Making a living by helping to give back

Editor’s note: This is the second in an occasional series of articles that look at the various jobs within CDCR and the dedicated people who do them. CDCR employees work at some of the toughest jobs in state service.

By Dana Simas, Public Information Officer

Being a good neighbor is an important mission for any California prison, whether it’s smack-dab in the middle of a sprawling city or it’s a stone’s throw away from the California-Mexico border and miles from the nearest housing development.

Keeping the community ties alive and keeping inmates occupied with religious and leisure groups is not your grandfather’s 9-to-5 job. It takes long and unusual hours, a certain gumption that’s not afraid to ask for donations, and a passion for making people smile.

At Richard J. Donovan Correctional Facility, Frank Ruffino has been hitting the pavement the last three years as the institution’s Community Resource Manager (CRM).

“Every time I’m in the community I’m trying to recruit volunteers,” Ruffino said. “If someone expresses an interest in volunteering, I match them with the right program.”

CRM Frank Ruffino

CRM Frank Ruffino recognizes volunteers at R.J. Donovan State Prison during Volunteer Week at the institution.

Ruffino also keeps the word out for community donations to the institution. A few weeks ago, Ruffino mentioned the need for chairs for the institution’s religious programs to a church leader in the community. Soon 150 chairs, worth $3,000, were donated to the institution.

“If I had been too shy to ask or put the need out there, it wouldn’t have happened,” Ruffino said.

He’s also collaborating with the San Diego Re-Entry Round Table, composed of the San Diego County district attorney, sheriff, faith-based representatives and social services. It’s starting a program to help parolees stay on track. The program, “Providing Ex-offenders Driving Alternatives for Life,” or PEDAL, will offer parolees bicycles free-of-charge so they can get to and from their appointments.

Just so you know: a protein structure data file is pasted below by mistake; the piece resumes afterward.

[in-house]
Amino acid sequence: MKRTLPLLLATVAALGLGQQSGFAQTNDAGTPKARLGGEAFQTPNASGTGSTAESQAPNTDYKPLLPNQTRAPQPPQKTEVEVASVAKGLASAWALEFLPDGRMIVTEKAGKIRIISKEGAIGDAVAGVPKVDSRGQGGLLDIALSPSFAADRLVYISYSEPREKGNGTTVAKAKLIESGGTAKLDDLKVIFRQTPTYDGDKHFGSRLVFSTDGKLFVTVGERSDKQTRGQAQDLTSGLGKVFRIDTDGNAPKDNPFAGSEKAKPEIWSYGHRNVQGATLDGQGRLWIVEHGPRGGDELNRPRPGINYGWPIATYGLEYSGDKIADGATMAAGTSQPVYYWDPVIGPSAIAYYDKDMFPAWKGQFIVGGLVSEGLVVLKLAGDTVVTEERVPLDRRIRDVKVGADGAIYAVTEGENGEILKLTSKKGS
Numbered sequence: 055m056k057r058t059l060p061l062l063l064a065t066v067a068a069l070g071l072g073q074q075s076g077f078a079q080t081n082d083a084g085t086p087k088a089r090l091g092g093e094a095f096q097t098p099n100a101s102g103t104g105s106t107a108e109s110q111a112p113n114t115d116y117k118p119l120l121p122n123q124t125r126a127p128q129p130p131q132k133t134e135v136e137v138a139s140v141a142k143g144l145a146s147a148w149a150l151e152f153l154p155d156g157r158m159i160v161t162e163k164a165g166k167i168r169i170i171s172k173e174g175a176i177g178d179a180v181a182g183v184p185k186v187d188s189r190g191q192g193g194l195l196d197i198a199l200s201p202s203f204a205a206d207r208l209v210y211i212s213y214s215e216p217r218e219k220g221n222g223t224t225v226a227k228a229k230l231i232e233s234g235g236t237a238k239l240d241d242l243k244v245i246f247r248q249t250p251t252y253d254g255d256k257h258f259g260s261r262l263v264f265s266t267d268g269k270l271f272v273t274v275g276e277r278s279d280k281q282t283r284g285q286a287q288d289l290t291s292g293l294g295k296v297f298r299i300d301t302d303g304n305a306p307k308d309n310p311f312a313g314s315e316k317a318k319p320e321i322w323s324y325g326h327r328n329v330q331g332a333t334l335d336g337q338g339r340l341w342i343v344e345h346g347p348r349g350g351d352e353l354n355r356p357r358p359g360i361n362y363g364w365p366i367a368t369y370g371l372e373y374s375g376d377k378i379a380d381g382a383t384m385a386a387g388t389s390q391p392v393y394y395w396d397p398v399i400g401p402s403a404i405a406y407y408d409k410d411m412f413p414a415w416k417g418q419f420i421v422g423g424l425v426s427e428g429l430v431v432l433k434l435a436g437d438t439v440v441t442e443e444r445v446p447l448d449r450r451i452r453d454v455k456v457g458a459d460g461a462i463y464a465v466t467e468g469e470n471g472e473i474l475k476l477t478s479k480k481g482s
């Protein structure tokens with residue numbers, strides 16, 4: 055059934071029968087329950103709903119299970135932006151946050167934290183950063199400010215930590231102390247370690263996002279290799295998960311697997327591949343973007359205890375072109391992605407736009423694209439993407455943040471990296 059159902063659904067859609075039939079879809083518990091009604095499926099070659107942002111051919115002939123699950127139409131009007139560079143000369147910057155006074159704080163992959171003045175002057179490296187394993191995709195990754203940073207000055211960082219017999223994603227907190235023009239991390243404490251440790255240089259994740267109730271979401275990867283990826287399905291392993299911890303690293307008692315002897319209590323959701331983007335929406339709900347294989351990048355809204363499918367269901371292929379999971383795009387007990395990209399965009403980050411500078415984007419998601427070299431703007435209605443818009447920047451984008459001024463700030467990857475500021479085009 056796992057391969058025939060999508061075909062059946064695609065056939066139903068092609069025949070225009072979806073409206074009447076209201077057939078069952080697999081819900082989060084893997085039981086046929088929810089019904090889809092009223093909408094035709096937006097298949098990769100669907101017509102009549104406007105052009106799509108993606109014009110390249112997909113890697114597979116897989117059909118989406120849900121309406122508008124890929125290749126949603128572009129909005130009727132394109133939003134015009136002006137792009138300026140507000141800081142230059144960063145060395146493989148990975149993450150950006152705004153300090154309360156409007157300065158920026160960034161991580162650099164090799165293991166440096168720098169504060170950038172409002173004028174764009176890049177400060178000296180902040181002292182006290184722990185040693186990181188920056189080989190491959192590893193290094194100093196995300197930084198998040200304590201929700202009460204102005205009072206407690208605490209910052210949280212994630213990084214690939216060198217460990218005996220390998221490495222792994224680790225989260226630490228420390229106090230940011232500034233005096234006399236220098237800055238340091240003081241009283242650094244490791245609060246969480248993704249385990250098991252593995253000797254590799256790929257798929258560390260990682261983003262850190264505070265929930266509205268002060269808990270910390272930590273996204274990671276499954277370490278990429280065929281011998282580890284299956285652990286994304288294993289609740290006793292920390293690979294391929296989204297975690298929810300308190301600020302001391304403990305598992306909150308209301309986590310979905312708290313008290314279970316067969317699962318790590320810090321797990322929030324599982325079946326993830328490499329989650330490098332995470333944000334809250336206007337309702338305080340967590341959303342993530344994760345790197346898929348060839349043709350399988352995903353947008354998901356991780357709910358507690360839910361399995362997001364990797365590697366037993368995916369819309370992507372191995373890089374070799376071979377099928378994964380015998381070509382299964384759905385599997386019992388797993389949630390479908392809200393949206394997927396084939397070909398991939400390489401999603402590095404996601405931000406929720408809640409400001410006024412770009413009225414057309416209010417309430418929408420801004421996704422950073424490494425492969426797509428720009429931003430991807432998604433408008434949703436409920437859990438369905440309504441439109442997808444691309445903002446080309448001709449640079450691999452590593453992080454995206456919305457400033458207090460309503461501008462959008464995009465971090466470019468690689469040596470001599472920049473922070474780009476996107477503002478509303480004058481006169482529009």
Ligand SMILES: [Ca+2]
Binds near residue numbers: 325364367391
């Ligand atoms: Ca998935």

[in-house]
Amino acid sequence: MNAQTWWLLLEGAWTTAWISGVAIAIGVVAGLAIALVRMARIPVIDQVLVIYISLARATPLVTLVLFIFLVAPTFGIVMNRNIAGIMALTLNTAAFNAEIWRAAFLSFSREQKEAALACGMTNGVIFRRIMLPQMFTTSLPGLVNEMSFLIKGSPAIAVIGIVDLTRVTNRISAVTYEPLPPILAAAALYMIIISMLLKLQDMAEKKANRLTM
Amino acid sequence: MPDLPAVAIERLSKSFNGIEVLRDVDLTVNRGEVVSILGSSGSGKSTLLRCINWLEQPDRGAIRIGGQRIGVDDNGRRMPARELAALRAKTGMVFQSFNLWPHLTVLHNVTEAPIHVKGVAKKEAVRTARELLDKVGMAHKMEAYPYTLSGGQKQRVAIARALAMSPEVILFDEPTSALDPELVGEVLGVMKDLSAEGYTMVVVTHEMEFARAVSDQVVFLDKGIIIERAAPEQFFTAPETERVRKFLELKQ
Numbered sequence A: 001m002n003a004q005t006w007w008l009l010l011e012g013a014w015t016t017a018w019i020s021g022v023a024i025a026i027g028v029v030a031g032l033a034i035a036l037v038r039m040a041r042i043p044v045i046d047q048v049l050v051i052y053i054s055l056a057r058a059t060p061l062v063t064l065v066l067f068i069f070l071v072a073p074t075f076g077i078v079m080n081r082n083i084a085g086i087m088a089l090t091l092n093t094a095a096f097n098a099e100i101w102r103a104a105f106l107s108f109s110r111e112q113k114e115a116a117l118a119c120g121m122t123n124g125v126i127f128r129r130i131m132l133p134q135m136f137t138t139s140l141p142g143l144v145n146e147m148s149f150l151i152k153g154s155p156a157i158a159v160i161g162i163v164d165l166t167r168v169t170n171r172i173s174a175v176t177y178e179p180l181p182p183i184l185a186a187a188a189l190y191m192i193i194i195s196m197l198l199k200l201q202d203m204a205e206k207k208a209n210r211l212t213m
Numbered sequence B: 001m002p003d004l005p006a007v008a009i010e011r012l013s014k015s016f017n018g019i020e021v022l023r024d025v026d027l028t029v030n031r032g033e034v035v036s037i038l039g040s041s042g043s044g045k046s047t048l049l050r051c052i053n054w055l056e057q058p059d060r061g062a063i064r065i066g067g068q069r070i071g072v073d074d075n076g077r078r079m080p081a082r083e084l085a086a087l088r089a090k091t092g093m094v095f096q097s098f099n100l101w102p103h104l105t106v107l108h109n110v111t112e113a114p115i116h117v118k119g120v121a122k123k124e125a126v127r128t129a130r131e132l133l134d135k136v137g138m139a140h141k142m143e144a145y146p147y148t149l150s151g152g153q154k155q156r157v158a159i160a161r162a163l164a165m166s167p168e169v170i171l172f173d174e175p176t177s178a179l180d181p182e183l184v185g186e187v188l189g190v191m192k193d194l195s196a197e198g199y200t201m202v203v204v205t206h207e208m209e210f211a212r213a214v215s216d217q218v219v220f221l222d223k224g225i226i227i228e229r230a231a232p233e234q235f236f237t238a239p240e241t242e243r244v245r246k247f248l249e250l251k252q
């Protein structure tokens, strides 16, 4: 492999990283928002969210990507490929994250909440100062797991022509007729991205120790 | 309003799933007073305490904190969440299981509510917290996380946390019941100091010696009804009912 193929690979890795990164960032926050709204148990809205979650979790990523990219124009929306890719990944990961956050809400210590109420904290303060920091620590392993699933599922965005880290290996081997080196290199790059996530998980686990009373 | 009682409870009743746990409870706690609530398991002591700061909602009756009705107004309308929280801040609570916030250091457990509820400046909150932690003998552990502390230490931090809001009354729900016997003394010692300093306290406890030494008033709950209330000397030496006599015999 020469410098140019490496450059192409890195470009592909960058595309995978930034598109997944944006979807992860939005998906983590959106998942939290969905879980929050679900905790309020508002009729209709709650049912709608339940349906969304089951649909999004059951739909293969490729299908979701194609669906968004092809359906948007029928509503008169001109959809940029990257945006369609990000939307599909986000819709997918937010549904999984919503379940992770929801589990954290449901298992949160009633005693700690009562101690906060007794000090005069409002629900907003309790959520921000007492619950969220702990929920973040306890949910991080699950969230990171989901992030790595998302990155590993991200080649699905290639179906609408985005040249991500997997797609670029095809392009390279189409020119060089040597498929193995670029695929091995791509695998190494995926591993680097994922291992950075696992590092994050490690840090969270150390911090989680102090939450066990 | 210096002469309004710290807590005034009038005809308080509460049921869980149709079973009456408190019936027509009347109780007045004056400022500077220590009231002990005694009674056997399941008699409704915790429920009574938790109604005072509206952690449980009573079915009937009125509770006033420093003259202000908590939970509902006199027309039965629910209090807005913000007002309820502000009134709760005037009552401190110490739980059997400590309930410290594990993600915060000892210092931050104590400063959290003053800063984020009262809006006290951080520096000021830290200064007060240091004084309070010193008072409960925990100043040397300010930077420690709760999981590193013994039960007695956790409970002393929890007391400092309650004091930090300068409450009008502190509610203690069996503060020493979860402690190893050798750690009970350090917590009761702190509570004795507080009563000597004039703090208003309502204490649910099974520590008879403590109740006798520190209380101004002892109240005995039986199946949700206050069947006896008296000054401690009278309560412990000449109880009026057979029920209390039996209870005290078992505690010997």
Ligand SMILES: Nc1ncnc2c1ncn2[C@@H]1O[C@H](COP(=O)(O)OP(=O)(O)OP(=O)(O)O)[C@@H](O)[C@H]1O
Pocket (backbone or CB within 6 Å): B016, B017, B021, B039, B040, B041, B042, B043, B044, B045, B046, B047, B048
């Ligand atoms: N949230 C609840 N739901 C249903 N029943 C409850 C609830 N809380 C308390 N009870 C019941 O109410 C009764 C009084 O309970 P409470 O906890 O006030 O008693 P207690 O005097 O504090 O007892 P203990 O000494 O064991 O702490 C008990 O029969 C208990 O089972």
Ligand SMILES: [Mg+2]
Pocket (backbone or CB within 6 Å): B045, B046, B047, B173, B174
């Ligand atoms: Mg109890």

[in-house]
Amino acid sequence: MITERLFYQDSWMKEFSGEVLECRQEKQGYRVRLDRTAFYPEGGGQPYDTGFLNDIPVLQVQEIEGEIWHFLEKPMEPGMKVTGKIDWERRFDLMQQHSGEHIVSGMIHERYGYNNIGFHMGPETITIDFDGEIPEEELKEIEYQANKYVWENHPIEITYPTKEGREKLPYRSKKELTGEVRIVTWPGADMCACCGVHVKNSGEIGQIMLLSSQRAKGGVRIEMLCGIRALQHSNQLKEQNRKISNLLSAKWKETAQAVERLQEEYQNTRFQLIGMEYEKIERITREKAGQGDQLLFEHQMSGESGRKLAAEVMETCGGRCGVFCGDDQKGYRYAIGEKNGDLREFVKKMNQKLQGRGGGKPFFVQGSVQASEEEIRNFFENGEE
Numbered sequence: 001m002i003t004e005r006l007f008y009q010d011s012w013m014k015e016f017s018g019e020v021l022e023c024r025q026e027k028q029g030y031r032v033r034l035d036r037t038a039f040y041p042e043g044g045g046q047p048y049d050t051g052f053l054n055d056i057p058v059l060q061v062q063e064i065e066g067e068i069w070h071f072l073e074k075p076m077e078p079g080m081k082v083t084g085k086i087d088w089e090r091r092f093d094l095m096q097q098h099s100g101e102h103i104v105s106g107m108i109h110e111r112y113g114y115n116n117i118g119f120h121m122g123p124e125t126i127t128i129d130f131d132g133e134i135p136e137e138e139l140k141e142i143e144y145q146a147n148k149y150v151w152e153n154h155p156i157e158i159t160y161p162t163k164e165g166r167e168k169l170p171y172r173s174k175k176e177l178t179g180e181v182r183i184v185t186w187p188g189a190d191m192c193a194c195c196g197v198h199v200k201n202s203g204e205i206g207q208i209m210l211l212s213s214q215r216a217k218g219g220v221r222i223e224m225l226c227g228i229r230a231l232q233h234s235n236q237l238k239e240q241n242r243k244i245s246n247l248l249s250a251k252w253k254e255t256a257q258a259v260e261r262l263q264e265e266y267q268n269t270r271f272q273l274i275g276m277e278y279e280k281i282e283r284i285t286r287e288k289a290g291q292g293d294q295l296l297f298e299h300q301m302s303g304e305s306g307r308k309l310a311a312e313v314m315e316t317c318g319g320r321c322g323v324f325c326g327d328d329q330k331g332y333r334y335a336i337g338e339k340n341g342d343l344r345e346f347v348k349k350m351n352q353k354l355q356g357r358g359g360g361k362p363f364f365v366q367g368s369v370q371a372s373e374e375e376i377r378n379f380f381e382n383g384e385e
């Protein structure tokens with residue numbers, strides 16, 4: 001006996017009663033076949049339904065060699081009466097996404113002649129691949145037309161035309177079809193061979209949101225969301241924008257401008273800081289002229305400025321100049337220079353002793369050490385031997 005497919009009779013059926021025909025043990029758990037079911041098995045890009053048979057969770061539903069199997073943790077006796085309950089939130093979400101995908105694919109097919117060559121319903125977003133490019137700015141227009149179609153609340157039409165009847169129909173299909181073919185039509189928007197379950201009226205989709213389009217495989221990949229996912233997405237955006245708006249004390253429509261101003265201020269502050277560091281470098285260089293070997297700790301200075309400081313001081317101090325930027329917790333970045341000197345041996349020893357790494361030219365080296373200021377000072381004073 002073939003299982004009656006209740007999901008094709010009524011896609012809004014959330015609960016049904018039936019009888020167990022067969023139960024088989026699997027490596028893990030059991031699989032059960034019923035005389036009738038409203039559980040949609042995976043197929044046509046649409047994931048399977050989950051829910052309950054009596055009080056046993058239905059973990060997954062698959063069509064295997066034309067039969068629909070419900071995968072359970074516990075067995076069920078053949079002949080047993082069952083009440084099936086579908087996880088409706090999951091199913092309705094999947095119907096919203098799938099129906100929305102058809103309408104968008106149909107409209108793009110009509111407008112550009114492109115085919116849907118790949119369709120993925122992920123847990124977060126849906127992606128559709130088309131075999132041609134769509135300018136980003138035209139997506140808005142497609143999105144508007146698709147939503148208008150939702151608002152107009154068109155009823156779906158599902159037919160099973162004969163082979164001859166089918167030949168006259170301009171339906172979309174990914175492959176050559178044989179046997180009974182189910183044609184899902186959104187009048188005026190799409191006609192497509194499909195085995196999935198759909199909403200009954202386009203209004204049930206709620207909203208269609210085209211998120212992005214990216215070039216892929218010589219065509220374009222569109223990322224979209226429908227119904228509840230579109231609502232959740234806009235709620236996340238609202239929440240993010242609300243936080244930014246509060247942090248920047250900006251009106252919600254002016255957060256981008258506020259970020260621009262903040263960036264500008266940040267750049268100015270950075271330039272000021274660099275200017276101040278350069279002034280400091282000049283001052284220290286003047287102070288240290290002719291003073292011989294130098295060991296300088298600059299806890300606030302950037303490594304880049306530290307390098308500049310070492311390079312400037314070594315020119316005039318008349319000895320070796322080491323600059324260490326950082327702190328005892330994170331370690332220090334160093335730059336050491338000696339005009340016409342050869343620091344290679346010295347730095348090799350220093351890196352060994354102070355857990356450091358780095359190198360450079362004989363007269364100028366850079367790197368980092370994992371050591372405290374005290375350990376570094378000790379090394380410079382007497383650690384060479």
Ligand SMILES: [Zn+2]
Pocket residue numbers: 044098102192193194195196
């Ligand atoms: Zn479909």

A substantial portion of a CRM’s responsibility is to oversee the Inmate Leisure Time Activity Groups (ILTAGS). At California Medical Facility (CMF), CRM Landon Bravo has seen many smiles throughout the Vacaville community as he distributed more than $30,000 raised last year through institution fund-raisers.

CRM Landon Bravo

CRM Landon Bravo, right, unloads donated bikes as part of the CMF Bicycle Refurbishing Program.

To raise the money, ILTAGS submit a request for a food drive. Once approved, the CRM organizes the purchase of food from vendors within the community. The food items are then sold to inmates at a slightly increased price. The profits are then donated to local charities, schools, or other community entities.

For many visitors to a correctional facility the experience can be overwhelming and intimidating, especially for young children. To help create a better visiting experience Bravo oversaw the “Visiting Beautification Project” in CMF’s visiting room.

He solicited donations of art supplies from the community and watched the visiting room come alive with murals of California scenes painted by gifted inmate artists. The beautification project was such a success that Bravo is now looking to expand it to CMF’s hospice unit and the patio area so visitors can better enjoy the last moments with their loved ones.

From soliciting donations for bicycle-refurbishing programs, inmate flower and food gardens, or chairs for religious programs, a CRM’s job can seem unending. But those who do it feel a sense of accomplishment with each completed task.

“I have one of the most positive jobs in CDCR,” Bravo said. “It’s so rewarding to help people out and to just see how thankful they are for what we’ve given them.”

For a previous story in this series, the life of a public information officer, click here.